The Utah Symphony’s new principal flute, Mercedes Smith, will be featured in two upcoming chamber concerts: Thursday at the Deer Valley Music Festival, where she will play Debussy’s Syrinx and Dutilleux’s Sonatine for Flute and Piano; and next Monday at the Intermezzo Chamber Music Series, where she’ll play Mozart’s Flute Quartet No. 1 in D major, K. 285, and Debussy’s Sonata for Flute, Viola and Harp.

Reichel Recommends had the opportunity to interview Smith by email last week while she was at the Festival Internacional de Musica de Camera in Mexico. Below is the interview.

RR: Tell us about the festival in Mexico. How often have you been there and what will you be playing?

Mercedes Smith

MS: It’s my first year here at the Festival Internacional de Musica de Camera in Zacatecas, Mexico.  We are playing chamber music from a wide range of composers, everyone from Marquez and Angulo to Spohr and Mozart.  We are also teaching master classes to college students from all over Mexico.  The festival was founded by a great Mexican clarinetist, Luis Humberto Ramos, and is sponsored by the University.  Zacatecas is a beautiful colonial city that was established in the 1500s and has cobble stone roads, narrow alleys and many impressive cathedrals.

RR: You’ve got two concerts coming up when you return to Utah, and you’ll be playing a wide range of pieces, from Mozart to Dutilleux. Tell us about Mozart’s Flute Quartet No. 1, K. 285.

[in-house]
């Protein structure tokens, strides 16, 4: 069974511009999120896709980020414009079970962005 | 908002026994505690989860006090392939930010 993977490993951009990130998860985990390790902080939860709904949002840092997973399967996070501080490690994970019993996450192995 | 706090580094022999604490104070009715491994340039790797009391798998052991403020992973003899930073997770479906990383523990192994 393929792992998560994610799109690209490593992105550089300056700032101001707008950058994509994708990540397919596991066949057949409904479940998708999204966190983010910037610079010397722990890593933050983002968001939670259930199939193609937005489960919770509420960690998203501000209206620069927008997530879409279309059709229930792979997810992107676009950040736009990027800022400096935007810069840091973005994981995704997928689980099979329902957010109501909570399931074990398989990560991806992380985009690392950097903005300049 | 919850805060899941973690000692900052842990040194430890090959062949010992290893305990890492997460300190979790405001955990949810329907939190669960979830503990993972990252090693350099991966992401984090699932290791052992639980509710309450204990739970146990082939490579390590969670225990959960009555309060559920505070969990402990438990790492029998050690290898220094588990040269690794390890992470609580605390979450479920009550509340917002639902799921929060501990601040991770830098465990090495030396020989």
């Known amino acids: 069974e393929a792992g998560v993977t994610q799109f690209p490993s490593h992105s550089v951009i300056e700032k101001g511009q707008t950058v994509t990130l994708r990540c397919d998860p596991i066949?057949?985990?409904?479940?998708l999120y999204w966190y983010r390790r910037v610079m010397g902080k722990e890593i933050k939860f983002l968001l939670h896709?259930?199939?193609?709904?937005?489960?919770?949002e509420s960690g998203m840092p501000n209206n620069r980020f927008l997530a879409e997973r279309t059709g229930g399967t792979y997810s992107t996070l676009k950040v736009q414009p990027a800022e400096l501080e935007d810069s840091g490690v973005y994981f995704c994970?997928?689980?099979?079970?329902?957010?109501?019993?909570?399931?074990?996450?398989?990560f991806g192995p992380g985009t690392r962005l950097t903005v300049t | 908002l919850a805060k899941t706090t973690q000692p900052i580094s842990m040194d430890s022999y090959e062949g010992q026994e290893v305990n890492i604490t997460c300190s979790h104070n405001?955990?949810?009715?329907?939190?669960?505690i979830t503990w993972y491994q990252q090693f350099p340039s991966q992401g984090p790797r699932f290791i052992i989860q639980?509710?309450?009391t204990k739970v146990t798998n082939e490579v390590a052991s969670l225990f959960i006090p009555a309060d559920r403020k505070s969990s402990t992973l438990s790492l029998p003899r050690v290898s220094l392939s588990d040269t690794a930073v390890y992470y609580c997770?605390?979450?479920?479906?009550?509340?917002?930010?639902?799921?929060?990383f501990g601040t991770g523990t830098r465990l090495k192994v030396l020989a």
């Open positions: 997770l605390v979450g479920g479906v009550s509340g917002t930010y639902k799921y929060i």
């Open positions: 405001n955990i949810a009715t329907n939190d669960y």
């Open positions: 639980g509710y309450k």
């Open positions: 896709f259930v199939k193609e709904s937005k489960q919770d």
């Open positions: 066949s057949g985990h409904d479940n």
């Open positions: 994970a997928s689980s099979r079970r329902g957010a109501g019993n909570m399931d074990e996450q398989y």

MS: The Mozart Flute Quartet in D major is written in concertante style and is a sort of chamber concerto for the flute. The second movement is a little more unusual in that it features the flute very lyrically while the strings provide a pizzicato accompaniment.

RR: Have you played the Dutilleux Sonatine for Flute and Piano before? What can the audience expect in this piece?

MS: The Dutilleux Sonatine was composed as a test piece at the Paris Conservatory. I have played it many times for competitions and performances; in fact the last time I played it was for the National Flute Association Young Artist Competition.  The piece displays the full range of the flute and its capabilities – demanding technical passages, fast articulated passages and beautiful French lyricism.

RR: What is it with Debussy’s Syrinx that makes it so wonderful? Is it a demanding piece for the player?

MS: Syrinx is not considered a demanding piece.  It is so wonderful, and one of my favorites, because it is meant to sound improvisatory.  It’s the song of Pan singing to his unrequited love Syrinx.  He calls to her and he hears no answer.  He calls again and there is still no answer, and then he continues his lament which reaches a height of passion and then slowly wanders back into forlorn resignation.  It provides the opportunity to display a wide array of tone colors and infinite possibilities for interpretation.

RR: Among the pieces you’re doing at these two concerts, do you have a particular favorite?

MS: I’d say I particularly love the Debussy Sonata for Flute, Viola and Harp. The music of 1910-1920 encompasses many of my favorites: Debussy’s Syrinx, Stravinsky’s ballets and Ravel’s Daphnis and Chloe. All of these composers were especially generous to the flute.

RR: Let’s talk a little about your background. Why did you take up the flute? How old were you when you started?

MS: I have no idea what possessed me to chose the flute, but in junior high school we all had to pick instruments and for some reason I HAD to play flute. I guess I thought it was the most glamorous or something.  I started when I was 11 years old in a public school band program.  After my first year of flute I was homeschooled and continued to take private lessons.

RR: Was the flute your first instrument? Do you play any other instruments?